Excerpt from Forecast by Stephan Faris, plus links to reviews, author biography & more

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Forecast

The Consequences of Climate Change, from the Amazon to the Arctic, from Darfur to Napa Valley

by Stephan Faris

Forecast by Stephan Faris
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  • First Published:
    Dec 2008, 256 pages
    Paperback:
    Sep 2009, 256 pages

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Book Reviewed by:
Beth Hemke Shapiro

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Print Excerpt


The name Darfur means “Land of the Fur,” called so for the largest single tribe of farmers in the region. But the vast region holds the homelands—the dars—of many tribes. In the late 1980s, landless and increasingly desperate Arabs banded together to wrest their own dar from the black farmers, publishing in 1987 a manifesto of racial superiority. It began with complaints of underrepresentation in the government and concluded with a threat to take matters into their own hands: “We fear that if this neglect of the participation of the Arab race continues, things will break loose from the hands of the wise men to those of the ignorant, leading to matters of grave consequences.”

Clashes had broken out between the Fur and camel-herding Arabs, and in the two years before an uneasy peace was signed in 1989, three thousand people, mostly Fur, were killed, and hundreds of villages and nomadic camps were burnt. More fighting in the 1990s entrenched the divisions between Arabs and non-Arabs, pitting the pastoralists against the Fur, Zaghawa, and Massaleit, the three tribes that would later form the bulk of the rebellion against the central government. In these disputes, Khartoum often supported the Arabs politically. Sometimes—in an attempt to create a bulwark against revolutionaries from southern Sudan—the government provided arms.

When a rebellion began in Darfur in 2003, it was at first a reaction against Khartoum’s neglect and political marginalization of the region. But while the rebels initially sought a pan-ethnic front against a distant, uncaring regime, the schism between those who opposed the government and those who supported it soon broke largely on ethnic lines. The camel-herding Arabs became Khartoum’s staunchest stalwarts.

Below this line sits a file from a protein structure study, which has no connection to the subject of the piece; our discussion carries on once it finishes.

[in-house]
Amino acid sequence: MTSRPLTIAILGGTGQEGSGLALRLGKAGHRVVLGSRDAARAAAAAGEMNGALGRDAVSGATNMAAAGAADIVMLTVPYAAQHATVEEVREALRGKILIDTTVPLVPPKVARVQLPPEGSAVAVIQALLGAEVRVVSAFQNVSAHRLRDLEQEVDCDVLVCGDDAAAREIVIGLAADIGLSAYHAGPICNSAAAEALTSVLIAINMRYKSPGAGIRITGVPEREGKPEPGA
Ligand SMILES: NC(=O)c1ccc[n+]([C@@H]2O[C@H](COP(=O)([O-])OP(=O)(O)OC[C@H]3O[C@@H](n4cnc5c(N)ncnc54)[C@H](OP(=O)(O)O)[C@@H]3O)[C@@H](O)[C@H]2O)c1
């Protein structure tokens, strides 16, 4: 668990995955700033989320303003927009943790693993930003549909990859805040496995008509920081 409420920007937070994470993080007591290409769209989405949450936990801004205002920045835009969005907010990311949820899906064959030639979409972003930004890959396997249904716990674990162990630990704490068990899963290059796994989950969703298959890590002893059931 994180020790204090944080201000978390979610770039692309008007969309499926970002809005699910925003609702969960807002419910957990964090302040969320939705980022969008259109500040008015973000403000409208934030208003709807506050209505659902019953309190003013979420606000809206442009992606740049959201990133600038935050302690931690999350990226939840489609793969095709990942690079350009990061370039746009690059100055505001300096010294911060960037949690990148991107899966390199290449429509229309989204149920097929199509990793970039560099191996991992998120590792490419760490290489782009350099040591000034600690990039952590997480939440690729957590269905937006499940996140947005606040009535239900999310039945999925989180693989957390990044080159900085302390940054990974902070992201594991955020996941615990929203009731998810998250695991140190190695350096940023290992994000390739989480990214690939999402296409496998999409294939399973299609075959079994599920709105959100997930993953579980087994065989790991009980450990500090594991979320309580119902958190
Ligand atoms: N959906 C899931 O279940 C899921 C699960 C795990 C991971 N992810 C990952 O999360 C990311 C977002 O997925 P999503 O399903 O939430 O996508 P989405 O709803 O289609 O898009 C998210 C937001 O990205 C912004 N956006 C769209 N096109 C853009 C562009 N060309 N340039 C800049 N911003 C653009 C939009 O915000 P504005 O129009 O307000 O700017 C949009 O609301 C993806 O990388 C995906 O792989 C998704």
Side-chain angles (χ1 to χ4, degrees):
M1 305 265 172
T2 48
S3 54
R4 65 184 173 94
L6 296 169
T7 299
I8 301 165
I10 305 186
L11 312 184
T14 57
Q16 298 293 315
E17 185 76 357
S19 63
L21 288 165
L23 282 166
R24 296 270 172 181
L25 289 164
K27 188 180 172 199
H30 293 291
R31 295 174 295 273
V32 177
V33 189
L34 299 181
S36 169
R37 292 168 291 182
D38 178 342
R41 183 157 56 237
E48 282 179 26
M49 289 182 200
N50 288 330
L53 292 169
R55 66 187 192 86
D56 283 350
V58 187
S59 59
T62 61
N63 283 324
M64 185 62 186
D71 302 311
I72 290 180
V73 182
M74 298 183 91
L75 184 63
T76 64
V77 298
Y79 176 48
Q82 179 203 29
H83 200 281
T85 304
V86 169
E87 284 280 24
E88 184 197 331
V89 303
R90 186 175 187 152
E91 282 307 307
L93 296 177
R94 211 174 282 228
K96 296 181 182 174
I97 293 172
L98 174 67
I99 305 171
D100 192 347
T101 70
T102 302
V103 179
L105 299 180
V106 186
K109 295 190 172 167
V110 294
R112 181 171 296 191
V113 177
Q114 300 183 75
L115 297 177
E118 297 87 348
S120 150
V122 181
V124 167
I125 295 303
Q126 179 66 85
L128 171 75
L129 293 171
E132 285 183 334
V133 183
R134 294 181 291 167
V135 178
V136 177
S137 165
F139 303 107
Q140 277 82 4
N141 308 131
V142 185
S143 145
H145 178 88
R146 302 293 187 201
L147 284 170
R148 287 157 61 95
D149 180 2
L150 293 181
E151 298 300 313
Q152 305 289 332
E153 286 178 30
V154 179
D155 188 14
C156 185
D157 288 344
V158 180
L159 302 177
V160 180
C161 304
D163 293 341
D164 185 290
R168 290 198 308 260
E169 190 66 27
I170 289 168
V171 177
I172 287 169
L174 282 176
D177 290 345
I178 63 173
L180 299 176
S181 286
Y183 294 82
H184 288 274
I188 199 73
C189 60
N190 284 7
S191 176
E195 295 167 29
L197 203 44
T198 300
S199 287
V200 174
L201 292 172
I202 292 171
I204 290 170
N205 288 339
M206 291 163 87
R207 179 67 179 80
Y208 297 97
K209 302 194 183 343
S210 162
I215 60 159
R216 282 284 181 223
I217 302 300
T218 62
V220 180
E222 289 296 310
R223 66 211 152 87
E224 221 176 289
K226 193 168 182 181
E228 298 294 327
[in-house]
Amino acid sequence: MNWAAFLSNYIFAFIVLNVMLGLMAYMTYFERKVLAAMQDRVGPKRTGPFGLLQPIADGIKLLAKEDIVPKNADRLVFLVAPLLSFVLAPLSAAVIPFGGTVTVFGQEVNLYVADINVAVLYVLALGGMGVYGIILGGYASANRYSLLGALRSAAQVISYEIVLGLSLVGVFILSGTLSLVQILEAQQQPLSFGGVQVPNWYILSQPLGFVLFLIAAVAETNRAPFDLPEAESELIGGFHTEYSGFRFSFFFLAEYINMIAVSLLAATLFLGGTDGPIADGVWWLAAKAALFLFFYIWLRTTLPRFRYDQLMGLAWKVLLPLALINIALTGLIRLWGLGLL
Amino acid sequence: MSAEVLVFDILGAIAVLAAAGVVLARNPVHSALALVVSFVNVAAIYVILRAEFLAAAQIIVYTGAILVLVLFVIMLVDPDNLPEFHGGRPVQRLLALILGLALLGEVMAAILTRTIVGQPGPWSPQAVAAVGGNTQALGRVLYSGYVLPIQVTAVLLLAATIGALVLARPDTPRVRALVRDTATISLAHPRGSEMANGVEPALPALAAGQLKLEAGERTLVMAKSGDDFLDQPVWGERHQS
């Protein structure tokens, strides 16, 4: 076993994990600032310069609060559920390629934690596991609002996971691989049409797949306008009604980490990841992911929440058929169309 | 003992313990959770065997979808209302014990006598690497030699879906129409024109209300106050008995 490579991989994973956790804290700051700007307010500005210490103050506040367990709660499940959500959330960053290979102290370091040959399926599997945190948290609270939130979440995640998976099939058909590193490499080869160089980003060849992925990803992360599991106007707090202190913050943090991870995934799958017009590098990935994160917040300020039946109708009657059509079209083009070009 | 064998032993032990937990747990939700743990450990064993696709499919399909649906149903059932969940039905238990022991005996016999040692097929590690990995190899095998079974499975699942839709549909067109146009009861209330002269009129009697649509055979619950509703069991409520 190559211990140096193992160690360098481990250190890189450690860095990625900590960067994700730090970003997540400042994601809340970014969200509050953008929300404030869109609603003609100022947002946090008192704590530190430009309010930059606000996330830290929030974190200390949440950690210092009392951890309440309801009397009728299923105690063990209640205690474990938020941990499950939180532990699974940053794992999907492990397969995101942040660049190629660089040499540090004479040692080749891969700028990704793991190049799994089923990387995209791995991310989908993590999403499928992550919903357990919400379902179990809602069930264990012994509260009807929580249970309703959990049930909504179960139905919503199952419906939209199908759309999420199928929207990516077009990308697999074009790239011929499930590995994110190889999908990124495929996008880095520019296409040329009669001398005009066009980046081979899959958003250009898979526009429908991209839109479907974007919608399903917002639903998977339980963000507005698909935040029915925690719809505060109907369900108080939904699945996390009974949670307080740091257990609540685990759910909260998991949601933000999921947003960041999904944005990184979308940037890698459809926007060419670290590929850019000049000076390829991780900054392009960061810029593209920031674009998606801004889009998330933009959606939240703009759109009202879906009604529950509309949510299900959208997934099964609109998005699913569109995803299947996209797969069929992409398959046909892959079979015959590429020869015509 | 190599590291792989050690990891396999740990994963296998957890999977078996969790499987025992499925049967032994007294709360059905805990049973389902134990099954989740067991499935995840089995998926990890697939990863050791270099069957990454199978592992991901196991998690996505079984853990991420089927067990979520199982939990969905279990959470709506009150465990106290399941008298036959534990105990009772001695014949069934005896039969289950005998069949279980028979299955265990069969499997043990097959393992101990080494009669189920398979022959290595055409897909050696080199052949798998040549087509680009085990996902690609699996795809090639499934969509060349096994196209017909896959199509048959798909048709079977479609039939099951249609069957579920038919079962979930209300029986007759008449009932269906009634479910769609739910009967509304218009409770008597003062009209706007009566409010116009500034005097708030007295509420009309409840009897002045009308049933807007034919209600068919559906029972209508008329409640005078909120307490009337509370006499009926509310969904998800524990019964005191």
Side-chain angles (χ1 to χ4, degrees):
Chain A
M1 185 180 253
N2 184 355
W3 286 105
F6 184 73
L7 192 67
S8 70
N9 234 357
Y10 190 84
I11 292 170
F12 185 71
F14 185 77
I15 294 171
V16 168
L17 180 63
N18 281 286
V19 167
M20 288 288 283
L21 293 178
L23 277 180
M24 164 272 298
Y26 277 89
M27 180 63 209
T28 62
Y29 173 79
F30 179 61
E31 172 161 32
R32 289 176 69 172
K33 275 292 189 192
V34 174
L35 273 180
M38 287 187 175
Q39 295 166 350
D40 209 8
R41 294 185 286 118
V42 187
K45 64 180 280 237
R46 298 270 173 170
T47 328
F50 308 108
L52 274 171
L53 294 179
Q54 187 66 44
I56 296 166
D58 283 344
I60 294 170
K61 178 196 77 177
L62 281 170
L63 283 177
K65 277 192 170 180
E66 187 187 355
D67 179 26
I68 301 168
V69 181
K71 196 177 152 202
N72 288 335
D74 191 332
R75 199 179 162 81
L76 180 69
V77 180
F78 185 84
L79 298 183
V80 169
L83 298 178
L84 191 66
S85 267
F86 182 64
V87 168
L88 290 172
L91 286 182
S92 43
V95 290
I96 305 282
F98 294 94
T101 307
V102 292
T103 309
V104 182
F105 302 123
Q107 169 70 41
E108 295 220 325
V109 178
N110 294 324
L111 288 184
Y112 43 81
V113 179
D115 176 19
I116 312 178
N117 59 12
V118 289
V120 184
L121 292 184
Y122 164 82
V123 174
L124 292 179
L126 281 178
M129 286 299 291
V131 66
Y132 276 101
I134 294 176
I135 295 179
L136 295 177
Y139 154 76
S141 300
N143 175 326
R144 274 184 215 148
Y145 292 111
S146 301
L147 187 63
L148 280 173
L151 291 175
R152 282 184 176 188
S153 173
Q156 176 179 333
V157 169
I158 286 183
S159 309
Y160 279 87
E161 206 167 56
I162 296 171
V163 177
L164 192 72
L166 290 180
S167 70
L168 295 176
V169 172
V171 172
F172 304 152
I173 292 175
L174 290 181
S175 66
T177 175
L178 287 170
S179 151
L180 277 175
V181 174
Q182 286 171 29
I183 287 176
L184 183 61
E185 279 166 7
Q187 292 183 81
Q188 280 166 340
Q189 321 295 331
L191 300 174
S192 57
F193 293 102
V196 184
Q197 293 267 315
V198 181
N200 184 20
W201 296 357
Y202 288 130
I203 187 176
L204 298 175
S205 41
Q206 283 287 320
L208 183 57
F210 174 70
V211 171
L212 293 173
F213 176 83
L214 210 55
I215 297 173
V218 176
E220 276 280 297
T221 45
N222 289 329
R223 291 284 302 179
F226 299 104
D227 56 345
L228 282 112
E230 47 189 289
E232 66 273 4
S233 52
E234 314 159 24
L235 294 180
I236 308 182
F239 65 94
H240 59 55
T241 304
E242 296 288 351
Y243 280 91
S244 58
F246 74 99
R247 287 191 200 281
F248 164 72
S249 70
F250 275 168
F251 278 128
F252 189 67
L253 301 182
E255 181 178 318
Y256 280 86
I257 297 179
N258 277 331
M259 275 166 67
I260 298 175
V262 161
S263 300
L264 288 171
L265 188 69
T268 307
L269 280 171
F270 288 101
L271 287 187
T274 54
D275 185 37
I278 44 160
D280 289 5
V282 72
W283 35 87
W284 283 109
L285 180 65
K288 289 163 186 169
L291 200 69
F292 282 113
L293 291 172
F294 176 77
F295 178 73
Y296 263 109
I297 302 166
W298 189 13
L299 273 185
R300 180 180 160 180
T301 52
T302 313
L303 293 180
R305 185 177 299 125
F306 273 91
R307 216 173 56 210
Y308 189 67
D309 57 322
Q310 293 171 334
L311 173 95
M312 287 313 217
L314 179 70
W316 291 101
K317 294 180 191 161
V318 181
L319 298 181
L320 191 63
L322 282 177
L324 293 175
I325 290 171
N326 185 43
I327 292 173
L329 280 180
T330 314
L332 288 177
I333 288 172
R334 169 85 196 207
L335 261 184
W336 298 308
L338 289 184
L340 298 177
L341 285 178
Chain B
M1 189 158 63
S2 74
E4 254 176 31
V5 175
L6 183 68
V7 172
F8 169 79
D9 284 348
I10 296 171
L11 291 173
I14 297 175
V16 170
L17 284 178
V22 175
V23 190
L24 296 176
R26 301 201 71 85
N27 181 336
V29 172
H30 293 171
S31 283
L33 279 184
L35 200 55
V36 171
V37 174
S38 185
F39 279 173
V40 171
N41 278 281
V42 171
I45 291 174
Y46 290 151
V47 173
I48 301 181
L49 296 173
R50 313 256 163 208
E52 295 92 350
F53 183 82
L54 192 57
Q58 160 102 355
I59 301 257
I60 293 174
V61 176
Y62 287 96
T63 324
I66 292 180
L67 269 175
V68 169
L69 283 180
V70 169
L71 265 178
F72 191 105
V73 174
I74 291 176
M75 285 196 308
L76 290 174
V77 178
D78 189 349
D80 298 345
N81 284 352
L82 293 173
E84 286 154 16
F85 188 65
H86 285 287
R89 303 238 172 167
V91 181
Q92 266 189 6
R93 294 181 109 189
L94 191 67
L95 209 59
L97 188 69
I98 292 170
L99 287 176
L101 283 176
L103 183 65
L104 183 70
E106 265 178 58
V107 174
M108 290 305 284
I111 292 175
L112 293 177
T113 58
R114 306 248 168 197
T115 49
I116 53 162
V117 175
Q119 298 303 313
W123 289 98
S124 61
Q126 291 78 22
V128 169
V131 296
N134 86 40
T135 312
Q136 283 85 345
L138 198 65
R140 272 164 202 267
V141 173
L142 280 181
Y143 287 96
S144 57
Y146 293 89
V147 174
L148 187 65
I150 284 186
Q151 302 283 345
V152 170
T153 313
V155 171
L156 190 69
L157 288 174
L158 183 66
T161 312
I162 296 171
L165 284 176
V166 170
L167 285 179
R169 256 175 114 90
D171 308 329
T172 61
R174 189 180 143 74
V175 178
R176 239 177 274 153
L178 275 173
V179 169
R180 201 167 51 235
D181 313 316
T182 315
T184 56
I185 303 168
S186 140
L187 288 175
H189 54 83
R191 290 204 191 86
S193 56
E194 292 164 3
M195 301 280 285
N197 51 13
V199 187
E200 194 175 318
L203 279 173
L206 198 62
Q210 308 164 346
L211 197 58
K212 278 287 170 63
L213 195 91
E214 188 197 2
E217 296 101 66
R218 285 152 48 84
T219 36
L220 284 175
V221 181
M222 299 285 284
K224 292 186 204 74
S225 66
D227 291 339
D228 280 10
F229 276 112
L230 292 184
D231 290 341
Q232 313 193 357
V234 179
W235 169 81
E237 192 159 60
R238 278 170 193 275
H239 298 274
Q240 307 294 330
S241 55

Nomadic Arab militia launched a brutal campaign to push the black farmers from Darfur. They wore military uniforms, sometimes drove military vehicles, and coordinated their attacks with Sudanese aerial bombing. Even so, the conflict was rooted more in land envy than in ethnic hatred. “Some of the Arab pastoral tribes, particularly the camel herders, did not have their own dar, so were always at the mercy of other tribes for land,” said David Mozersky, the International Crisis Group’s project director for the Horn of Africa. “This was fine for hundreds of years, since the system provided land for these groups as they moved. But as desertification worsened and as fertile land decreased, some of these pastoralists sought to have their own land, which wasn’t really an option in Darfur. This was one of the main factors that Khartoum used to manipulate and mobilize these Arab tribes to join the Janjaweed and fight on their side. Interestingly, most of the Arab tribes who have their own land rights did not join the government’s fight.”

Excerpted from Forecast by Stephan Faris. Copyright © 2009 by Stephan Faris. Excerpted by permission of Macmillan, a division of Henry Holt and Company. All rights reserved. No part of this excerpt may be reproduced or reprinted without permission in writing from the publisher.

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